Blog: SEO

The Case For Content Marketing

Avatar for John Locke

John Locke is a SEO consultant from Sacramento, CA. He helps manufacturing businesses rank higher through his web agency, Lockedown SEO.

I understand your hesitation to try something different.

You may be reluctant to start a blog. You may not see the point of making videos or starting a podcast. Perhaps you see it as a waste of time. You find it difficult to conceive how this could possibly improve your business. But content marketing is increasingly becoming the main reason some businesses are perceived as experts in their field, and others are not.

I already know your main objection— that there is that there is no time to write. You don’t have time to edit and publish. You’re already working a million hours a week doing everything else. But that’s exactly the reason you need to commit to content marketing. Because everyone else in your field is saying the same thing.

Time and time again, I see the clients who publish quality content regularly are reaching their target audience and driving traffic to their site. The companies that are constantly publishing have a greater brand awareness than their competition, and are looked to as experts in their industries.

Increased publishing leads to more results showing in search queries, which leads to more website traffic. Once they get the traffic, they get the leads. These leads are warmed by the mountains of informative content that shows expertise and provides answers to relevant questions. Those leads are now ready to sign on the line that is dotted.

This Could Be You — If You Want It To Be

See, here’s the thing. Starting a publishing schedule is easy, keeping it going — day after day, week after week — is difficult. Many people I run across are looking for a magic bullet that will solve everything instantly. Everyone wants to rocket to the top of Google for all their industry keywords in a few weeks. The reality is content publishing is a long game that few people are prepared to win. The majority of businesses either never try or get disheartened when their expectations don’t match reality, and they give up shortly into their publishing run.

The market is there for everyone, but hardly anyone wants to take it. The market I am talking about is time and attention.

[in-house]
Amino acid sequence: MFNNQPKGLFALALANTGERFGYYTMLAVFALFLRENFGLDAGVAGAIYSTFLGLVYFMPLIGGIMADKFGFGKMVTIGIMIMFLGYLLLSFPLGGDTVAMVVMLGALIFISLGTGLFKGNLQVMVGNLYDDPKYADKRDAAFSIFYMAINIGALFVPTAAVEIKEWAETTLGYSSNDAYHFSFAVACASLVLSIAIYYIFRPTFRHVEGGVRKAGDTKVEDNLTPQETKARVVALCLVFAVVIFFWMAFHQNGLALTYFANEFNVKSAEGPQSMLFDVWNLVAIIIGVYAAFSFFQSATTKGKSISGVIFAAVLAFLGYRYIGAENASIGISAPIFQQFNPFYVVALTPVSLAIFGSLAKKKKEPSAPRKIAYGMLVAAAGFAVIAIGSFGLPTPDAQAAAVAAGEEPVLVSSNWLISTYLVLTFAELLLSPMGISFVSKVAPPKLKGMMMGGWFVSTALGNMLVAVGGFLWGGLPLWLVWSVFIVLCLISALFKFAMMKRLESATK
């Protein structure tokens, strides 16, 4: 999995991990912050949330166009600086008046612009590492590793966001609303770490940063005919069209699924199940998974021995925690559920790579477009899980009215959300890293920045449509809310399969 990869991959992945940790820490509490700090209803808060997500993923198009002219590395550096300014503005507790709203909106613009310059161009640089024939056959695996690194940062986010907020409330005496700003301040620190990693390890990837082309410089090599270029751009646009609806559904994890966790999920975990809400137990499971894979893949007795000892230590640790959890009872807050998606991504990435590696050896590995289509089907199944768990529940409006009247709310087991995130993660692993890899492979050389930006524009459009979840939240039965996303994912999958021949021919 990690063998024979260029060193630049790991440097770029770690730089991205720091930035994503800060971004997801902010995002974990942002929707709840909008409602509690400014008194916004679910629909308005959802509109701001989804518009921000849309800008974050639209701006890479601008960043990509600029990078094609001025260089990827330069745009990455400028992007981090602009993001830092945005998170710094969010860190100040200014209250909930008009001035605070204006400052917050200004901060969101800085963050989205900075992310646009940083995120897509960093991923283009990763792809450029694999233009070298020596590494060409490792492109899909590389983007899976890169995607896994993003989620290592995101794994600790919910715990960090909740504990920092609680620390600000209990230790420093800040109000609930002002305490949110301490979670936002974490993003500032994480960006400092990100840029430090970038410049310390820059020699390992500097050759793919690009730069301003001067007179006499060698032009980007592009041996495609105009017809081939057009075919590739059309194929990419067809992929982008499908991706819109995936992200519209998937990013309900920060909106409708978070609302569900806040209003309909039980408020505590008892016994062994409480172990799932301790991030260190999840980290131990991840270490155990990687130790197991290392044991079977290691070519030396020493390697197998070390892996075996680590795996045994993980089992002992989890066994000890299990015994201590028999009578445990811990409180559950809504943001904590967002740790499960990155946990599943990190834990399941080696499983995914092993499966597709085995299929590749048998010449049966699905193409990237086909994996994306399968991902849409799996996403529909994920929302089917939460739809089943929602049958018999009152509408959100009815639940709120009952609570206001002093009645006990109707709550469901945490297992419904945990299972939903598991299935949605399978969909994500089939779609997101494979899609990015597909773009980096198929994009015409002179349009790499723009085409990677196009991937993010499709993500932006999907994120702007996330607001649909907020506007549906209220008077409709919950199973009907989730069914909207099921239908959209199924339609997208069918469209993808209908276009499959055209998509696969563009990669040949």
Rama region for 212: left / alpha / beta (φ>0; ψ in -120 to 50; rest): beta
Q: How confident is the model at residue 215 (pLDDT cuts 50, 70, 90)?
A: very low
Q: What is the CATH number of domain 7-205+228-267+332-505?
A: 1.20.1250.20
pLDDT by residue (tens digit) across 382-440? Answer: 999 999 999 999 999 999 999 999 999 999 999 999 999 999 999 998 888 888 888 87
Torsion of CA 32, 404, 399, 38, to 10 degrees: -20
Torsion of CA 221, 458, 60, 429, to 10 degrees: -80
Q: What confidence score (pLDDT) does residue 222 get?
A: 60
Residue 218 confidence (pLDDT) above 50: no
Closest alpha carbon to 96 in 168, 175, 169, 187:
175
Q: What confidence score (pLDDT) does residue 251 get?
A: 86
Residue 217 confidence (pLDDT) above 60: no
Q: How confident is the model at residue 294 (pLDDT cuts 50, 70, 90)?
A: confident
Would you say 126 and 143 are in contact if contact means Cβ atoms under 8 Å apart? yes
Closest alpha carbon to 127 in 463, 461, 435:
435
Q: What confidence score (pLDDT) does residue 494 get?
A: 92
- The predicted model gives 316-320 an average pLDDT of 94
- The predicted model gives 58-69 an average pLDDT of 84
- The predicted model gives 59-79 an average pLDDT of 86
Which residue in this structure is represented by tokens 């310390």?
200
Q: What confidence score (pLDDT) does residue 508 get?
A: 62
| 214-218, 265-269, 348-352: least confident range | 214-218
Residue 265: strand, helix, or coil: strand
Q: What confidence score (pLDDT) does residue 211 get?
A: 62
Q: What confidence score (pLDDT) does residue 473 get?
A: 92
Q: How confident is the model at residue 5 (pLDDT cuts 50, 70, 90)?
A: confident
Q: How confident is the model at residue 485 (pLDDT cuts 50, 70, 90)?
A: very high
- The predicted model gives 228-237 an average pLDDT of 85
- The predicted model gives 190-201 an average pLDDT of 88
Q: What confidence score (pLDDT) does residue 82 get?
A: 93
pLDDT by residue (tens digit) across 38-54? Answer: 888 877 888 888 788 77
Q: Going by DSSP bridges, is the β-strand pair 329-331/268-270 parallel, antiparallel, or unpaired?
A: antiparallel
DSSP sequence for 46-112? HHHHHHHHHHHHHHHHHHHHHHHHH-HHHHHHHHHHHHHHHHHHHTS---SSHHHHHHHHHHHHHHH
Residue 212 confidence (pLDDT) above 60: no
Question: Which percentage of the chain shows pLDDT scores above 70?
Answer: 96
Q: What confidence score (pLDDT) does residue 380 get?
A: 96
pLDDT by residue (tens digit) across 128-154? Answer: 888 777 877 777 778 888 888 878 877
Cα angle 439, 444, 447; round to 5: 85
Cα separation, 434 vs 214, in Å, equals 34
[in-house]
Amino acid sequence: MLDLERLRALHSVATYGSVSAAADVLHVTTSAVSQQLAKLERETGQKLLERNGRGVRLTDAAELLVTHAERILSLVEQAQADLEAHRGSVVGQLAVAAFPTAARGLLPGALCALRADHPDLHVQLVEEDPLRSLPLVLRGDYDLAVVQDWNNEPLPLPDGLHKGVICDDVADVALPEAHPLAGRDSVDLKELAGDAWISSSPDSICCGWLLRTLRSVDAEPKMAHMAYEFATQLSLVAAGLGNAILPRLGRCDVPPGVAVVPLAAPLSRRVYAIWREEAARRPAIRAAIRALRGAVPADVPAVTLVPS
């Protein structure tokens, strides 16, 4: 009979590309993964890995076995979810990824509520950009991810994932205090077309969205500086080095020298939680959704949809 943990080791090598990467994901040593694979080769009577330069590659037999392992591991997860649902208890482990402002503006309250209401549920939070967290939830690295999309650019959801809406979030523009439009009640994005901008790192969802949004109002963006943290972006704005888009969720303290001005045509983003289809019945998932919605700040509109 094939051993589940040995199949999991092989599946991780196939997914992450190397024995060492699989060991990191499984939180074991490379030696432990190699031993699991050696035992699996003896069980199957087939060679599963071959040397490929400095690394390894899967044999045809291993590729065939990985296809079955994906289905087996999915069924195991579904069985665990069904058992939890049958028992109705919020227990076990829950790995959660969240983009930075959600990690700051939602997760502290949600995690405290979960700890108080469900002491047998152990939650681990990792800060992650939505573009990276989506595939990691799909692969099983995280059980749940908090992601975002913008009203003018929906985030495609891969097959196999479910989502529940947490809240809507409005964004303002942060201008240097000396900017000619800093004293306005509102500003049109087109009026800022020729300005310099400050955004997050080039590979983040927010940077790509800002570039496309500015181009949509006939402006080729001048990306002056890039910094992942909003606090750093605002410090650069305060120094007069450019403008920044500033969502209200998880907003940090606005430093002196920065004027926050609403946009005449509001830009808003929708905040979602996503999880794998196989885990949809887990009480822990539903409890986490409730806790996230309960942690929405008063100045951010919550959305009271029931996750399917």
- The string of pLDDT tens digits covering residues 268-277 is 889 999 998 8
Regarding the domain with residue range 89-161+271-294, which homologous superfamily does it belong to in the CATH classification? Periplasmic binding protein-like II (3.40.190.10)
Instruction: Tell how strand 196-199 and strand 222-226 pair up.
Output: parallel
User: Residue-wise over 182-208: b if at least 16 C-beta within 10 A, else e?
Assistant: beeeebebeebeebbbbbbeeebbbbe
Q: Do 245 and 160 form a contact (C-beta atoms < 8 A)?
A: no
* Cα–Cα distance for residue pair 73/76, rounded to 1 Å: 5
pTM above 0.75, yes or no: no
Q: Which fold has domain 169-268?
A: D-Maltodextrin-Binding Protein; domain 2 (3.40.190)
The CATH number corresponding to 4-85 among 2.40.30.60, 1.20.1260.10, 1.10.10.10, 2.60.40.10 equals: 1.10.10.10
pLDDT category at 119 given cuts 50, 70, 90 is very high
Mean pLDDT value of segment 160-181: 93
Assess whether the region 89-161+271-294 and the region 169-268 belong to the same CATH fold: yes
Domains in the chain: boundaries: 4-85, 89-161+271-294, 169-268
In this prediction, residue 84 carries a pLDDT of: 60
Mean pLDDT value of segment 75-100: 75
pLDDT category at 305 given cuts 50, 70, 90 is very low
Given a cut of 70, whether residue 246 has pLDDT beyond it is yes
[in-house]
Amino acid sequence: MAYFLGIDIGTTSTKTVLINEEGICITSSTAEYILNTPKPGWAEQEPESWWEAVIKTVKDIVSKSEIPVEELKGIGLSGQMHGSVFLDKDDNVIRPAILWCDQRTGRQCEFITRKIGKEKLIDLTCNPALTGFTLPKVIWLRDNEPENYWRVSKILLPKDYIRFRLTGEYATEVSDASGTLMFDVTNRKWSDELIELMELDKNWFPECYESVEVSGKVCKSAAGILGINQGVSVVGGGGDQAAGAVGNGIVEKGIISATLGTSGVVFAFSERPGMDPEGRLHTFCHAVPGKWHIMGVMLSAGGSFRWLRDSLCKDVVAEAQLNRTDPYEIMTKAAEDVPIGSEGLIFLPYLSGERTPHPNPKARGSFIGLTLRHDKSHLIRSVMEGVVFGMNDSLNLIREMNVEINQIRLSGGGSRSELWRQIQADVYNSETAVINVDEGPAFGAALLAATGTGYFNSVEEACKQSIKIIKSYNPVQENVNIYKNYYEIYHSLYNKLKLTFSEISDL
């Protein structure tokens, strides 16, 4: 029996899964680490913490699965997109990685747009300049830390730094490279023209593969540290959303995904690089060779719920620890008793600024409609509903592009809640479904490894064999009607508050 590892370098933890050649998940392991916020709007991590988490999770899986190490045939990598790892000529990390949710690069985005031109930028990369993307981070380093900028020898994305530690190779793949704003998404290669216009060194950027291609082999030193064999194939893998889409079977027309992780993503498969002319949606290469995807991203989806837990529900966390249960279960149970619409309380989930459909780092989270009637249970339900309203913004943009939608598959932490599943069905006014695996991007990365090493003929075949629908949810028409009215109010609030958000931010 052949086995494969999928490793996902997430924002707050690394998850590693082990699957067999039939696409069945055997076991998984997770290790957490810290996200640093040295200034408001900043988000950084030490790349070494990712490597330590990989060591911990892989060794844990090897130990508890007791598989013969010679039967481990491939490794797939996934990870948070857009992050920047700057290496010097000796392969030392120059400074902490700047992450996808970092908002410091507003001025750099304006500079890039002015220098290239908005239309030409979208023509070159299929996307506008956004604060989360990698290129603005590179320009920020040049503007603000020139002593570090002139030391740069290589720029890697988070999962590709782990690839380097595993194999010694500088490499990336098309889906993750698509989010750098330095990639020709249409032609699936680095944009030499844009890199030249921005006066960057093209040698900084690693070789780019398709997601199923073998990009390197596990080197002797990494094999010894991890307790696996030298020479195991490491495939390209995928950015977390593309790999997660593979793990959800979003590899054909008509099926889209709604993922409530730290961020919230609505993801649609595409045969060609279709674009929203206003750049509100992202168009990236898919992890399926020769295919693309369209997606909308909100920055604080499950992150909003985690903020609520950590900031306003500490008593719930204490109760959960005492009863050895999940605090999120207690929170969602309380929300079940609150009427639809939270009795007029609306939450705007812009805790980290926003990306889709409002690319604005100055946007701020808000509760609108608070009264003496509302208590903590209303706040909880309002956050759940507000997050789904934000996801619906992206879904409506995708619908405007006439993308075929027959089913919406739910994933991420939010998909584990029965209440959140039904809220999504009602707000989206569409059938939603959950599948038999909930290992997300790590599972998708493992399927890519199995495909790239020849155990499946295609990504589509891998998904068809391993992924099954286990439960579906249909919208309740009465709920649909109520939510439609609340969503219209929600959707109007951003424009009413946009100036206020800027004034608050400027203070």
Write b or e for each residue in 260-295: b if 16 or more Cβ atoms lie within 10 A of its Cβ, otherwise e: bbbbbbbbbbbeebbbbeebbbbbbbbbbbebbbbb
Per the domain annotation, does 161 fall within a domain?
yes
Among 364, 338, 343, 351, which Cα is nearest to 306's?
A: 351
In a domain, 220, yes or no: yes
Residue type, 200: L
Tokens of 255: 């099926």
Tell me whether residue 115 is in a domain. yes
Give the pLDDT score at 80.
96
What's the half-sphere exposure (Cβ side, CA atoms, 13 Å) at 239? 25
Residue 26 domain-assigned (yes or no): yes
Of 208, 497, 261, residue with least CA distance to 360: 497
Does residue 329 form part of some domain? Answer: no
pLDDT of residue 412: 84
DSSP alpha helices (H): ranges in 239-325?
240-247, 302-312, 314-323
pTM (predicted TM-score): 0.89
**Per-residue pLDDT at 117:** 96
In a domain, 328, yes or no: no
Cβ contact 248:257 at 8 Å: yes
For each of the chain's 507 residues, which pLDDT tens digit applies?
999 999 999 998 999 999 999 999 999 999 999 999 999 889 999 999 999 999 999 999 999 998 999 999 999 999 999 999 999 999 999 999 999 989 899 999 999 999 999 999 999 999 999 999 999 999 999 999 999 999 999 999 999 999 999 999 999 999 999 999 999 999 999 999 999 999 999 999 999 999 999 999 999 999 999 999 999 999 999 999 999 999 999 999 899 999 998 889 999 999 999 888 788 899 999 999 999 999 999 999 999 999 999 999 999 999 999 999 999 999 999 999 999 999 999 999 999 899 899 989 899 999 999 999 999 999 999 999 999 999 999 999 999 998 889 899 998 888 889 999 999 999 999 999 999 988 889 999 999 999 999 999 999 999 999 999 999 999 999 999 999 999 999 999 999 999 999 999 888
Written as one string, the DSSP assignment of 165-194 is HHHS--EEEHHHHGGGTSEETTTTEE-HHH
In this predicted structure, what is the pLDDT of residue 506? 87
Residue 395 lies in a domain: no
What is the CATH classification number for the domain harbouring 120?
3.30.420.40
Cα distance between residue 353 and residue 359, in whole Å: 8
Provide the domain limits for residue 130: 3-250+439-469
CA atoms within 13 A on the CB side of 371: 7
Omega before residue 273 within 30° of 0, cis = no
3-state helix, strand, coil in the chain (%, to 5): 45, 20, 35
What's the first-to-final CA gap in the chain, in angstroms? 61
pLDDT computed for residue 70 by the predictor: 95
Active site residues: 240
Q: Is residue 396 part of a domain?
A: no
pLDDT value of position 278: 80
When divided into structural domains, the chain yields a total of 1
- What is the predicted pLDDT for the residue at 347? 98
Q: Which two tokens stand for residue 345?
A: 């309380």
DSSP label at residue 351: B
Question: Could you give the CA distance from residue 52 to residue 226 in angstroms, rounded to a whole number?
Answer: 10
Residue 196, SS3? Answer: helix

In It To Win It

That’s where you have an advantage. You don’t want your website to stagnate, you want it to grow, and you’re willing to do whatever it takes to get there. The cold hard truth that you will face is publishing site content is a top priority, even when you think you don’t have time. Especially when you think you don’t have time.

The secret is there is no secret. You make the time to publish, or you fall behind those who do.

No matter how many hours there are in a day, they tend to fill up with things to do. But guess what? The people we idolize have the same number of hours in a day as we do — no more, no less. Sometimes delegation is the answer. Some companies are smaller, and it feels overwhelming to add another task to your list. It’s easy to give up quickly on publishing content because the flood of people coming to your business isn’t instantaneous. But every person who ever made their mark publishing on the web went through the same uphill battle.

Writing a few blog posts is easy. Sustained content strategy is hard.

The Busy Trap

Businesses that believe in publishing content but fear they don’t have time for it get stuck in a weird head space. Some turn to SEO companies that create keyword laden articles for a monthly fee. They may reach out to someone to ghost write articles for them.

But these are dangerous practices, and can actually do more harm than good. Outsourcing blog posts usually ends in frustration. 90% of SEO companies deliver straight-up crap that sounds like a machine wrote it. Those posts will never convince a single person to make a purchase or sign up for a newsletter.

Delegating content creation to a trusted team member is a good solution. Whoever is responsible for publishing should understand your business, possess the ability to communicate, and have adequate time to produce content.

The goal is for you to earn more revenue. How does publishing on your blog, YouTube and social media help with that?

It’s All About Perception